Boom’s XB-1 Supersonic Demonstrator Slips Into 2021

Credit: Boom Supersonic

Boom Supersonic’s XB-1 third-scale demonstrator for the Mach 2.2 Overture airliner is now planned to fly by mid-2021, CEO Blake Scholl told the U.S. Chamber of Commerce’s Aviation Summit in Washington on March 5.

Powered by three General Electric J85 turbojets, the XB-1 was expected to fly this year. Final assembly of the aircraft is underway in Boom’s facility at Denver Centennial Airport, with rollout planned this summer, he said.

Assembly of the wings is complete, the forward fuselage will be closed out next week, and the wings and fuselage will be joined in a month, Scholl said. After rollout, the XB-1 will begin a year of ground tests.

Boom has partnered with Flight Research Inc. to base the XB-1, a flight simulator and flight-test control room at Mojave Air and Space Port, California, and to fly the aircraft in a supersonic corridor stretching across the Mojave Desert. 

The entire XB-1 flight-test program will be carbon neutral, through a combination of using sustainable aviation fuel (SAF) and offsetting emissions, Scholl said. Boom has ground-tested the J85 engine on a maximum 84% blend of SAF.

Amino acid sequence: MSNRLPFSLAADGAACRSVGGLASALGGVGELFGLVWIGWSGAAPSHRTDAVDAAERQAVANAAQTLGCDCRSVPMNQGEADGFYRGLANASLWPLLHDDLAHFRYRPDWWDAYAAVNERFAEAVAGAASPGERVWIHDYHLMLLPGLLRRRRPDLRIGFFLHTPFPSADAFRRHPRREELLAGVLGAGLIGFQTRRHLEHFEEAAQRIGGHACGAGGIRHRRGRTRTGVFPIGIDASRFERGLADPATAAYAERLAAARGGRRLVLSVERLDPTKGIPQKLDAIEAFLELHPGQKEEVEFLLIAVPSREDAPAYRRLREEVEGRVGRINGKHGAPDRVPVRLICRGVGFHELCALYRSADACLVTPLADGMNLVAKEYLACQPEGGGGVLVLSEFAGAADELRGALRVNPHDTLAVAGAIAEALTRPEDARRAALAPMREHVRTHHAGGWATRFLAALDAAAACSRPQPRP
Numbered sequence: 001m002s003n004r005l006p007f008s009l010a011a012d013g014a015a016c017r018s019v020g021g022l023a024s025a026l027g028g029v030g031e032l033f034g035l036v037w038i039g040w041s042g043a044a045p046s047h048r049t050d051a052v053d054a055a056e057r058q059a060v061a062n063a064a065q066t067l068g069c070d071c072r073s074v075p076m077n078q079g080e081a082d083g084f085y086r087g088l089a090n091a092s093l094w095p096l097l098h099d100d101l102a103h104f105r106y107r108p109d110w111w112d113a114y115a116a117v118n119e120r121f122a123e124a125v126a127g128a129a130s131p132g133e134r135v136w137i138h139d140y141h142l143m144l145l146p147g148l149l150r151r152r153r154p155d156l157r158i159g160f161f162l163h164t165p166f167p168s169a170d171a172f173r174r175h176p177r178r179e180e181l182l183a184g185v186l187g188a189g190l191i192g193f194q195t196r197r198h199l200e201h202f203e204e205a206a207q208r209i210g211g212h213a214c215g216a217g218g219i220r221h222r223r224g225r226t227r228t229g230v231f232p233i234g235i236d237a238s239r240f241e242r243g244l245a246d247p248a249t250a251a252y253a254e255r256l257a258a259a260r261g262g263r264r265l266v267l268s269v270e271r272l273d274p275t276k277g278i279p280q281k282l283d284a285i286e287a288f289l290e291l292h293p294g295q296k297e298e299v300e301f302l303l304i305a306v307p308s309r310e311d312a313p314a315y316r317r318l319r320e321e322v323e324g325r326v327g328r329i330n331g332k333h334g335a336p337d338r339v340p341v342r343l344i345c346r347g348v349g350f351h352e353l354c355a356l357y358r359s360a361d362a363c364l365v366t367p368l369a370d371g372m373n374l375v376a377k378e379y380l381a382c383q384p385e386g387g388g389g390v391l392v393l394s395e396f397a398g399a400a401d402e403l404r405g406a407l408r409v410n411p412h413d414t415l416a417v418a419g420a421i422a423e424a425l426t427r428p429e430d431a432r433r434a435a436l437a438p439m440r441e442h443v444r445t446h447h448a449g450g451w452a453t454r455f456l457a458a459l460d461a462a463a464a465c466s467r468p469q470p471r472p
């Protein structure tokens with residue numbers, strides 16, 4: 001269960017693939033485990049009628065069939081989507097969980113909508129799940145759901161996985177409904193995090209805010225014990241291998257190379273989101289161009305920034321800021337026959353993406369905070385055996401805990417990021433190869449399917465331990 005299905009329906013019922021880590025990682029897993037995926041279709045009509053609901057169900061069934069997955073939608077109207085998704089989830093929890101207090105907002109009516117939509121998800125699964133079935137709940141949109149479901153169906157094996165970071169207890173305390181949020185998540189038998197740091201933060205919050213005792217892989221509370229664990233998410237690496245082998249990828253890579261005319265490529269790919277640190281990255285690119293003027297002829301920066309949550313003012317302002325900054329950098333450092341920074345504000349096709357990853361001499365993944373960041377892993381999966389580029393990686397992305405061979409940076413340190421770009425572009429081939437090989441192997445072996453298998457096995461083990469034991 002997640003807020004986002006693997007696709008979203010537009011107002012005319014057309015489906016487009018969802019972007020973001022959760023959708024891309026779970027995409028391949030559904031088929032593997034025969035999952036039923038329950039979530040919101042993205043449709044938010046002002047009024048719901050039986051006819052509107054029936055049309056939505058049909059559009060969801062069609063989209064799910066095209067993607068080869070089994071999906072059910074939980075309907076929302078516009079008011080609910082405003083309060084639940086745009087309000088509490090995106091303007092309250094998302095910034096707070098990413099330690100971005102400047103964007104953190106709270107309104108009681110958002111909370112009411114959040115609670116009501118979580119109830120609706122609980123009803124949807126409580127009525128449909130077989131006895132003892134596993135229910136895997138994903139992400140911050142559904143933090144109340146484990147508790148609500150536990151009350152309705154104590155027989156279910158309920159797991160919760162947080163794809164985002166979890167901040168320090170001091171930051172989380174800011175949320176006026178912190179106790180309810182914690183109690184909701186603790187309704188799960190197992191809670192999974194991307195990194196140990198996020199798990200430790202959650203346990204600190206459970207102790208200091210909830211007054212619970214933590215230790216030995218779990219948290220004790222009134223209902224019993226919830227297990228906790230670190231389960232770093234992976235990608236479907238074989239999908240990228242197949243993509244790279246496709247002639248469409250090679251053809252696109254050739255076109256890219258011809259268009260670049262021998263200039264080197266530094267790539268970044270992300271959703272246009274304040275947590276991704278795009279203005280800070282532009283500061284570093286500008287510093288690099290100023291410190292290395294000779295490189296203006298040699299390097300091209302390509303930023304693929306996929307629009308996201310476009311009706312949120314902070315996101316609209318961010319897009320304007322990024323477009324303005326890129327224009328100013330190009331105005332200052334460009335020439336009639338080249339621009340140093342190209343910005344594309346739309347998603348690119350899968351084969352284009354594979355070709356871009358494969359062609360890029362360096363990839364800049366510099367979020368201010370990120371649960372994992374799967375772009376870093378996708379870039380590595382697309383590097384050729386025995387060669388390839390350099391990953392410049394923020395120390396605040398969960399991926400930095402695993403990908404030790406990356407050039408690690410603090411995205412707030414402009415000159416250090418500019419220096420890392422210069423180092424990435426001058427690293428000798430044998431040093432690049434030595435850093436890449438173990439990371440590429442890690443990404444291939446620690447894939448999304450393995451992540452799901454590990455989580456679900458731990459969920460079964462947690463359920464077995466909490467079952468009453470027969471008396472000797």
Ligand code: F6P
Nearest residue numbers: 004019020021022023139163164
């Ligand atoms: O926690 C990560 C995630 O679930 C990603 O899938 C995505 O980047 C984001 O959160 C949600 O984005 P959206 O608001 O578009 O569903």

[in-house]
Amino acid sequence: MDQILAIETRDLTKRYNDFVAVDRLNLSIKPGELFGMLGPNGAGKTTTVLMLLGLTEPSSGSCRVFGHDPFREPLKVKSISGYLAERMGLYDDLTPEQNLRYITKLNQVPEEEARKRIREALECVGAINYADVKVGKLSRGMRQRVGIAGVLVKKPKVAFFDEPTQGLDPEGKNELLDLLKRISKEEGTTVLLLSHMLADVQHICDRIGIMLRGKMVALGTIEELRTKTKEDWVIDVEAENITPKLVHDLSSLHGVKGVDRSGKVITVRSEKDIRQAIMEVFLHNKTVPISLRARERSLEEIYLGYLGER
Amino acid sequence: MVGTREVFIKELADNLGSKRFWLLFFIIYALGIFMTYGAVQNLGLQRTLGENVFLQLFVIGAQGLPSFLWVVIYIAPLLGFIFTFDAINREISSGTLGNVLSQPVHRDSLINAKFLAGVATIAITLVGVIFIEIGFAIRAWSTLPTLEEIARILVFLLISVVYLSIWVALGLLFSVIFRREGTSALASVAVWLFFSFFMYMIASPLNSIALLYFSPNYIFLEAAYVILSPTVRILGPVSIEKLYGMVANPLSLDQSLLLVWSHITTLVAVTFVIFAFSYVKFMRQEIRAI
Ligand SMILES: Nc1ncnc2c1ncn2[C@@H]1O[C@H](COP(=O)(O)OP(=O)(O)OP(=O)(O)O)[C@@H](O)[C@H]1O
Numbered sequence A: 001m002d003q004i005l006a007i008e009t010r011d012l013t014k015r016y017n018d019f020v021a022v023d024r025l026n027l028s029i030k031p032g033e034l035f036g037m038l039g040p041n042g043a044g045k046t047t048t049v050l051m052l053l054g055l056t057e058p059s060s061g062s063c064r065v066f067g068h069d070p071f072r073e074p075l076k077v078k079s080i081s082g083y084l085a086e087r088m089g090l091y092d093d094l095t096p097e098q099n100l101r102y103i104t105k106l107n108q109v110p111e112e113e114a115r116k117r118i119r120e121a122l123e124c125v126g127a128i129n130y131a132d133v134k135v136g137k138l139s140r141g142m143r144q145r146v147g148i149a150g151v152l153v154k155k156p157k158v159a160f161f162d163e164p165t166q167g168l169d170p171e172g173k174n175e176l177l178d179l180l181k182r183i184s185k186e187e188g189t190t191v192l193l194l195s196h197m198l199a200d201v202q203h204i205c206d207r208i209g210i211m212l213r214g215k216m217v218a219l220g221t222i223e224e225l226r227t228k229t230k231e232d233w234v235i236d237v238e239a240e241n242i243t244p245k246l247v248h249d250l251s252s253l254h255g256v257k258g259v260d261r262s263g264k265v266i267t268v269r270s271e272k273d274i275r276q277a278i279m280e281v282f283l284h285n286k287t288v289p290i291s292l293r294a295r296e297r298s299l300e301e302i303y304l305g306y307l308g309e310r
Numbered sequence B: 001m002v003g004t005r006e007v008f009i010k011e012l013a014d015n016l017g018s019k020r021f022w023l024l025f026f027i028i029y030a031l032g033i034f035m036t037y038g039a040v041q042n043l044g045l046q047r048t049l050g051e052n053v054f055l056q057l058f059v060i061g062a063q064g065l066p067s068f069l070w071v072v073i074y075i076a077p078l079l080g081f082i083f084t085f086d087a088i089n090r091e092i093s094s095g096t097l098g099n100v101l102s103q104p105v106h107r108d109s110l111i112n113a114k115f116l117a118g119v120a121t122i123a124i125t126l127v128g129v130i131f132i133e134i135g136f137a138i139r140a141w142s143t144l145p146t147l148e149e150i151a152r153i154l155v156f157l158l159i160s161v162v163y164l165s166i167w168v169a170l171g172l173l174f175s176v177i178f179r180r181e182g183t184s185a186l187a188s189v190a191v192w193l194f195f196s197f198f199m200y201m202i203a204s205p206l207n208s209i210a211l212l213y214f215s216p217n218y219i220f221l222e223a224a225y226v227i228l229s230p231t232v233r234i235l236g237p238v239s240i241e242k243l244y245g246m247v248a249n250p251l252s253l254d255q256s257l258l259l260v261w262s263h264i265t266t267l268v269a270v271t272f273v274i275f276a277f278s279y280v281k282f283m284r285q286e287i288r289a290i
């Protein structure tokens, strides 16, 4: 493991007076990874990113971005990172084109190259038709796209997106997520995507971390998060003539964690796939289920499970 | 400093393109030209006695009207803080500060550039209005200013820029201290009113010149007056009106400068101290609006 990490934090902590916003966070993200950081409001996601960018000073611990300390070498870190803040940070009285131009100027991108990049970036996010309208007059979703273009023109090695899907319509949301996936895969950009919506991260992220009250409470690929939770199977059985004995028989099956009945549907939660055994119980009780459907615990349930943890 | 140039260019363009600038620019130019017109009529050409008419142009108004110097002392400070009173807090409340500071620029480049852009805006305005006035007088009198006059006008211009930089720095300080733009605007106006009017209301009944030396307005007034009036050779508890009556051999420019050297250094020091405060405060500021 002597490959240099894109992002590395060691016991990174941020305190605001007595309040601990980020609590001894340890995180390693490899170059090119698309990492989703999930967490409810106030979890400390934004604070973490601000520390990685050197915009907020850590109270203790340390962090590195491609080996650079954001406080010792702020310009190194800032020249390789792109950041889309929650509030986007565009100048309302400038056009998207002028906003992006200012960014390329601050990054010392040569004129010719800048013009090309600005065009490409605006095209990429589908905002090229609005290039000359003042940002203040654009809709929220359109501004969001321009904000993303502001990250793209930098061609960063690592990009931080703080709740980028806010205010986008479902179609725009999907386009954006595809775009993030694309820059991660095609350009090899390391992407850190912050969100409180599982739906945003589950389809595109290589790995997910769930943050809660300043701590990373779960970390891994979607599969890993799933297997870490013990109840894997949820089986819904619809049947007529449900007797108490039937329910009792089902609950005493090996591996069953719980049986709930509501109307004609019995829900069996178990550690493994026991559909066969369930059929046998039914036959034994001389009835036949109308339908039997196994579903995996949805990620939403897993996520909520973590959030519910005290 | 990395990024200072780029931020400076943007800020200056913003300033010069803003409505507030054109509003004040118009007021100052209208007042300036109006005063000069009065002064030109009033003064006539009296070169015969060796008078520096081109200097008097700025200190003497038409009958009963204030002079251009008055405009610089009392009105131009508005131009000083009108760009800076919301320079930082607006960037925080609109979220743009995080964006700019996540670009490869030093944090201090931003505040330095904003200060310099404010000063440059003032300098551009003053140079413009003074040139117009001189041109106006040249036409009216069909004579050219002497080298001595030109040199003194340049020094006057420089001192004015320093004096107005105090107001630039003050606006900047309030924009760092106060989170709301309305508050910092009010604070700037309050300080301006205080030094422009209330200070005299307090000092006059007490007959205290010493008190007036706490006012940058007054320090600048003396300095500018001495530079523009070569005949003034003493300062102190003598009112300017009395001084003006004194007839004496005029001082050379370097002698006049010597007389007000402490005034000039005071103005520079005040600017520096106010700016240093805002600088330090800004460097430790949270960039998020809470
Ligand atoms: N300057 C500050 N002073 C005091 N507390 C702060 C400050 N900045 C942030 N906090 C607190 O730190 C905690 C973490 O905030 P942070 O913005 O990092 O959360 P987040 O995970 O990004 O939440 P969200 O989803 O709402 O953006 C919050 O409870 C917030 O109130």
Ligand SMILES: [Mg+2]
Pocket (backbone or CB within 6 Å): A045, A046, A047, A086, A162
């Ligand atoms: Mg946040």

The XB-1 will validate the three-engine, delta-wing configuration of Boom’s planned 55-75-seat Overture, which is expected to fly in the mid-2020s and enter service at the end of the decade, he said.

Aerion, meanwhile, plans to fly its Mach 1.4 supersonic business jet, the AS2, at the end of 2024, Chief Financial Officer Matthew Mejia told the summit. 

Five test aircraft are to be built, the fifth one flying only on SAF. Entry into service of the AS2, powered by three GE Affinity supersonic turbofans, is planned for the end of 2026, Mejia said.

Graham Warwick

Graham leads Aviation Week's coverage of technology, focusing on engineering and technology across the aerospace industry, with a special focus on identifying technologies of strategic importance to aviation, aerospace and defense.